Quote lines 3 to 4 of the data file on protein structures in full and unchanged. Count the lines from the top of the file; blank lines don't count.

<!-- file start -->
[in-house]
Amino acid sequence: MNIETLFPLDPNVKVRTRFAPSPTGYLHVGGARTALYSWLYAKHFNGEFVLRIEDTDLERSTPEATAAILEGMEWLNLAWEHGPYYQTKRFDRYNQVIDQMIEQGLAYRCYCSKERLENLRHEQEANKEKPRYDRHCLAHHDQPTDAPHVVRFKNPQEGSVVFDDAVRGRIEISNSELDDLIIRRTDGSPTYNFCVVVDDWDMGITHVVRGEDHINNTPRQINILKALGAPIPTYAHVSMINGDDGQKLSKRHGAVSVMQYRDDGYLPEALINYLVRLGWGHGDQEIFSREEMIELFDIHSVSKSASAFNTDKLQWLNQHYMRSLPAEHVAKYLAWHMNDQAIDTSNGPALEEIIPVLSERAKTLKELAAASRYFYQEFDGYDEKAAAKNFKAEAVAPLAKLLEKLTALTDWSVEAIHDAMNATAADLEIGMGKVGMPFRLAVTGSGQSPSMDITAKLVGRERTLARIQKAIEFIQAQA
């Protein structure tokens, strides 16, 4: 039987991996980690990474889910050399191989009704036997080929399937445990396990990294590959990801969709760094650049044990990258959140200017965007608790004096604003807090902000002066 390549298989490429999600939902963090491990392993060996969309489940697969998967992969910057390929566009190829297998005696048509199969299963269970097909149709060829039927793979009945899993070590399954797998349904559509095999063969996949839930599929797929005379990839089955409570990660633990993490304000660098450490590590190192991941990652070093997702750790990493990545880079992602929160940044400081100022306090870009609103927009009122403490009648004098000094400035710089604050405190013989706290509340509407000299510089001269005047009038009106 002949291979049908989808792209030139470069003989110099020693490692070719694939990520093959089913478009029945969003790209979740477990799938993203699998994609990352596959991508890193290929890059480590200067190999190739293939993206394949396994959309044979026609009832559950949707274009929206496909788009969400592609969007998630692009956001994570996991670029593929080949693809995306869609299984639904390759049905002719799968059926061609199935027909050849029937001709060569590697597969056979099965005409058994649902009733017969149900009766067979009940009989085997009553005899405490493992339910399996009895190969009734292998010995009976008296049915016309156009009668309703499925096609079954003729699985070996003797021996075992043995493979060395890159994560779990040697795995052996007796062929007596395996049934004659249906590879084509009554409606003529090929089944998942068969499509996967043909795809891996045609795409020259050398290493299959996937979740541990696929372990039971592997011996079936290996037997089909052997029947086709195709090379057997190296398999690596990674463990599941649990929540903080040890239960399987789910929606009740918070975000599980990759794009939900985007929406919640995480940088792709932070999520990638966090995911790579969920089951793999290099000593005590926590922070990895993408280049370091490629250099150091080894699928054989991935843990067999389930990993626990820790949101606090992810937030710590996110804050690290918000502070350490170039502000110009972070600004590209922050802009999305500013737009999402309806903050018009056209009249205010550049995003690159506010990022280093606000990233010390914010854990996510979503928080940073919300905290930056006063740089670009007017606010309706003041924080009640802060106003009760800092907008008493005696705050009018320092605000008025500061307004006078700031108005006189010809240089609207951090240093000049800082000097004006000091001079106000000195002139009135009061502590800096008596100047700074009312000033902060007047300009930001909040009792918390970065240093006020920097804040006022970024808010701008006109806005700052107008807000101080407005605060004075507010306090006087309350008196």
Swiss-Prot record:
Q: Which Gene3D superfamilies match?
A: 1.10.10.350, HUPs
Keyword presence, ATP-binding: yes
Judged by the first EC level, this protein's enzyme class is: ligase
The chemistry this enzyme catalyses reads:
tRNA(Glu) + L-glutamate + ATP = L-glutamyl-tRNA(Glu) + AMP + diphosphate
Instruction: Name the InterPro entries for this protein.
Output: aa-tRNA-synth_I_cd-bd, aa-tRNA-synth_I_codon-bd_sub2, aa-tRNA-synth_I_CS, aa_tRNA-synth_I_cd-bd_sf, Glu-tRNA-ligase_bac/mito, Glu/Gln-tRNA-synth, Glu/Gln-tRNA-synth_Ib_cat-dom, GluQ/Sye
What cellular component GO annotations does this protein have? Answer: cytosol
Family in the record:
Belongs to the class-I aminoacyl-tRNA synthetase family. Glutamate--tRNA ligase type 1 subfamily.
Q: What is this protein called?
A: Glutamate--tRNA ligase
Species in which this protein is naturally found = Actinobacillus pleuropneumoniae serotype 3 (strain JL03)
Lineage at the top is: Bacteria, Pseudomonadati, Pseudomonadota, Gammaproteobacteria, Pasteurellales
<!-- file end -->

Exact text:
């Protein structure tokens, strides 16, 4: 039987991996980690990474889910050399191989009704036997080929399937445990396990990294590959990801969709760094650049044990990258959140200017965007608790004096604003807090902000002066 390549298989490429999600939902963090491990392993060996969309489940697969998967992969910057390929566009190829297998005696048509199969299963269970097909149709060829039927793979009945899993070590399954797998349904559509095999063969996949839930599929797929005379990839089955409570990660633990993490304000660098450490590590190192991941990652070093997702750790990493990545880079992602929160940044400081100022306090870009609103927009009122403490009648004098000094400035710089604050405190013989706290509340509407000299510089001269005047009038009106 002949291979049908989808792209030139470069003989110099020693490692070719694939990520093959089913478009029945969003790209979740477990799938993203699998994609990352596959991508890193290929890059480590200067190999190739293939993206394949396994959309044979026609009832559950949707274009929206496909788009969400592609969007998630692009956001994570996991670029593929080949693809995306869609299984639904390759049905002719799968059926061609199935027909050849029937001709060569590697597969056979099965005409058994649902009733017969149900009766067979009940009989085997009553005899405490493992339910399996009895190969009734292998010995009976008296049915016309156009009668309703499925096609079954003729699985070996003797021996075992043995493979060395890159994560779990040697795995052996007796062929007596395996049934004659249906590879084509009554409606003529090929089944998942068969499509996967043909795809891996045609795409020259050398290493299959996937979740541990696929372990039971592997011996079936290996037997089909052997029947086709195709090379057997190296398999690596990674463990599941649990929540903080040890239960399987789910929606009740918070975000599980990759794009939900985007929406919640995480940088792709932070999520990638966090995911790579969920089951793999290099000593005590926590922070990895993408280049370091490629250099150091080894699928054989991935843990067999389930990993626990820790949101606090992810937030710590996110804050690290918000502070350490170039502000110009972070600004590209922050802009999305500013737009999402309806903050018009056209009249205010550049995003690159506010990022280093606000990233010390914010854990996510979503928080940073919300905290930056006063740089670009007017606010309706003041924080009640802060106003009760800092907008008493005696705050009018320092605000008025500061307004006078700031108005006189010809240089609207951090240093000049800082000097004006000091001079106000000195002139009135009061502590800096008596100047700074009312000033902060007047300009930001909040009792918390970065240093006020920097804040006022970024808010701008006109806005700052107008807000101080407005605060004075507010306090006087309350008196």
Swiss-Prot record: